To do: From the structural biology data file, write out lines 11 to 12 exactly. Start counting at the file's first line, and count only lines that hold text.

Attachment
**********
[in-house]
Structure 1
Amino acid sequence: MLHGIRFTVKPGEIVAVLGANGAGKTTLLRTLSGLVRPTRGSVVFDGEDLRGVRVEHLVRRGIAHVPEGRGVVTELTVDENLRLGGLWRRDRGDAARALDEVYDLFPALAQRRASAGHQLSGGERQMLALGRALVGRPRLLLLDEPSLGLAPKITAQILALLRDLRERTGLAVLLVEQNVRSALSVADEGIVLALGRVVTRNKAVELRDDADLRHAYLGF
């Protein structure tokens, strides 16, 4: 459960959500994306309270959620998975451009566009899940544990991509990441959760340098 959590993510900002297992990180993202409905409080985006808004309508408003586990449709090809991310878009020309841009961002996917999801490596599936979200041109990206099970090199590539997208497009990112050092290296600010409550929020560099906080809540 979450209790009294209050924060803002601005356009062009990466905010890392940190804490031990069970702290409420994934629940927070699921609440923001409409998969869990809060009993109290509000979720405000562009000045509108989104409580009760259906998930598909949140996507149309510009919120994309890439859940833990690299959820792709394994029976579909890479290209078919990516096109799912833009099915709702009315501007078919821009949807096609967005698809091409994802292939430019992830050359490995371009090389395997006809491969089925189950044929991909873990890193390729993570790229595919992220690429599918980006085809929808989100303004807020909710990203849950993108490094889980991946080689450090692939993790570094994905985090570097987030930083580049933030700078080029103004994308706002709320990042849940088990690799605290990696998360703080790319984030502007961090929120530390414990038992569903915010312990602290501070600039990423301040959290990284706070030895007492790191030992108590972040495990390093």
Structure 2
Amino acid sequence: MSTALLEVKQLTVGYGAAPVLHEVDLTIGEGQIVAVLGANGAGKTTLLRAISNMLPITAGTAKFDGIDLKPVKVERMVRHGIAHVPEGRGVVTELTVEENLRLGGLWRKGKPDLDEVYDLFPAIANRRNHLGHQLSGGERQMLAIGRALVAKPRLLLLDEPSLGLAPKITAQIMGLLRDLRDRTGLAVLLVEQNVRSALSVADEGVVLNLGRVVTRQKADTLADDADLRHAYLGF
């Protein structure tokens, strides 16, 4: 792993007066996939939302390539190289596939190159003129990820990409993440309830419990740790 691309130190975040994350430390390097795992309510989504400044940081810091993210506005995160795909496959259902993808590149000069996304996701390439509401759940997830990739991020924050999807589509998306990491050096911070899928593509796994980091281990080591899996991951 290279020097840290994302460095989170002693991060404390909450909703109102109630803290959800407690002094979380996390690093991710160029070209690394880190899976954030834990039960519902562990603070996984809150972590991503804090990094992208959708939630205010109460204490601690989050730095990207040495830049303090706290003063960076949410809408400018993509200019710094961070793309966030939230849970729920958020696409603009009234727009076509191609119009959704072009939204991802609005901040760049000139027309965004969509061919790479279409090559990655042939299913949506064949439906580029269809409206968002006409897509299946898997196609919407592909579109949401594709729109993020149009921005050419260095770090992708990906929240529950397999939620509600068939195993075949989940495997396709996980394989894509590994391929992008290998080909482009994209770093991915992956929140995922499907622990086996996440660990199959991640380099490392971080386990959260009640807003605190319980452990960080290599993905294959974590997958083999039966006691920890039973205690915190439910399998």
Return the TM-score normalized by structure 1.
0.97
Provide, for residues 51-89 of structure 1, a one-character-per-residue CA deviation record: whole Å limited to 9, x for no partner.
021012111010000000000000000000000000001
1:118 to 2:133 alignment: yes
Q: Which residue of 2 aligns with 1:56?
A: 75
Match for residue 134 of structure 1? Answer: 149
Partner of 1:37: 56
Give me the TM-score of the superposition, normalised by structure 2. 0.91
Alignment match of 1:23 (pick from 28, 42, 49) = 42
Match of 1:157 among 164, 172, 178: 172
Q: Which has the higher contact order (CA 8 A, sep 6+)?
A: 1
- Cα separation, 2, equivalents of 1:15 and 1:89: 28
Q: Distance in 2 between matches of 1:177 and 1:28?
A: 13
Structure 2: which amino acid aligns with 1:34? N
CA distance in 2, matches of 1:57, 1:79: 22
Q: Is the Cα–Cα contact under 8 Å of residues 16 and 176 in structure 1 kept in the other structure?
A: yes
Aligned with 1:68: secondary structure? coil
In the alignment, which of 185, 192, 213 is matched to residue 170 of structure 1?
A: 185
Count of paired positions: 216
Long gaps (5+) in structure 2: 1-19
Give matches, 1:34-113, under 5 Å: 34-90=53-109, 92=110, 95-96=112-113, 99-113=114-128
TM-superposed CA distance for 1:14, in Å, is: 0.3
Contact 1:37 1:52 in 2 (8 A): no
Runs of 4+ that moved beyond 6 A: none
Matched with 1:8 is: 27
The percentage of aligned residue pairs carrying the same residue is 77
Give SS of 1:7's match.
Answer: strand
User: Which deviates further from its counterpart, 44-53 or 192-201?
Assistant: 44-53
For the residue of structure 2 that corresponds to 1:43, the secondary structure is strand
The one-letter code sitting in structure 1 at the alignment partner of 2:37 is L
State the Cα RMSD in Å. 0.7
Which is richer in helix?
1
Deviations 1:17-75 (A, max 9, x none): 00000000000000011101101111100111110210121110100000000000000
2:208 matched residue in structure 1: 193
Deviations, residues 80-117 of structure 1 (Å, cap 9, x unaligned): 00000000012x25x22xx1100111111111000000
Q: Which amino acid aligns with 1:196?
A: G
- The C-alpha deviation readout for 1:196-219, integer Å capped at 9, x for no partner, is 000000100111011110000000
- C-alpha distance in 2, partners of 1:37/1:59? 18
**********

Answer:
021012111010000000000000000000000000001
1:118 to 2:133 alignment: yes